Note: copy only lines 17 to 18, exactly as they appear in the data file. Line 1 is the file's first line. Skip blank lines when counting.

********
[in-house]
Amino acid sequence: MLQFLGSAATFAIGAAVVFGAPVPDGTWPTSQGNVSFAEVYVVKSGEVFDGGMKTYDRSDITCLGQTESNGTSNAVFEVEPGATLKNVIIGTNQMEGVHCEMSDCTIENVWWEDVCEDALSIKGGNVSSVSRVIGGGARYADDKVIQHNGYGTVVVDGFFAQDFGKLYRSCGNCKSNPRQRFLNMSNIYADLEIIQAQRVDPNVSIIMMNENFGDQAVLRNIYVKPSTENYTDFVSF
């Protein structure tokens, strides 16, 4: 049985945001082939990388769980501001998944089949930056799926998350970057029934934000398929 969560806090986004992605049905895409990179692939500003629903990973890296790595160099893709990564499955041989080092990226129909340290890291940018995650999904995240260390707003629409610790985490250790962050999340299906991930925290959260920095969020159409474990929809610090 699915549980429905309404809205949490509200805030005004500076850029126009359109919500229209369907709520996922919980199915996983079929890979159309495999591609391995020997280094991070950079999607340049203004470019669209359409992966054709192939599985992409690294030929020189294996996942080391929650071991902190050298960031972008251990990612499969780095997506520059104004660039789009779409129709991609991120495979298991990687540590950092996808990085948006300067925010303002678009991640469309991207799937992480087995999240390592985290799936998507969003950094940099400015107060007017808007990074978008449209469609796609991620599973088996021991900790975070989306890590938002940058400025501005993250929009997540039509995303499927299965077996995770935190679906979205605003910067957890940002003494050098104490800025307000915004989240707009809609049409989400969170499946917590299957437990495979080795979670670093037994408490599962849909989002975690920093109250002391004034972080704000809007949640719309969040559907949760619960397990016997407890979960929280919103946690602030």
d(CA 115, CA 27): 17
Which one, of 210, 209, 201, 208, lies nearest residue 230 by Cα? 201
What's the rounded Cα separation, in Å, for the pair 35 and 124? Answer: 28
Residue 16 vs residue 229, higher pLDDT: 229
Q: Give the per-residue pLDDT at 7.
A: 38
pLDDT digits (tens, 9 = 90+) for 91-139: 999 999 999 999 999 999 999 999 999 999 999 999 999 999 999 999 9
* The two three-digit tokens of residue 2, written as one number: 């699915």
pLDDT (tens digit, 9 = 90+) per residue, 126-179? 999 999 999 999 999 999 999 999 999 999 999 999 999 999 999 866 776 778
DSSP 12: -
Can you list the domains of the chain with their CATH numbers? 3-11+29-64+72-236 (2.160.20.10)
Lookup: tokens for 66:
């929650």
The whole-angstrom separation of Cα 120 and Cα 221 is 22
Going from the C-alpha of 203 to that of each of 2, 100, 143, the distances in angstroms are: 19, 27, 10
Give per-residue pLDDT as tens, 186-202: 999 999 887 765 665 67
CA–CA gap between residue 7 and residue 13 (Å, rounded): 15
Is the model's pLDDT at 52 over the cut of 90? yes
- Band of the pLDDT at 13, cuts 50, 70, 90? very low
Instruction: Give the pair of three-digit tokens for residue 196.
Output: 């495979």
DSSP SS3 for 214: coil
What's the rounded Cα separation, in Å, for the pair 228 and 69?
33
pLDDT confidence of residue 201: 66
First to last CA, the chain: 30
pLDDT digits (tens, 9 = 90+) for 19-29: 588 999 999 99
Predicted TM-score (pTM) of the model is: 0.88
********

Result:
The whole-angstrom separation of Cα 120 and Cα 221 is 22
Going from the C-alpha of 203 to that of each of 2, 100, 143, the distances in angstroms are: 19, 27, 10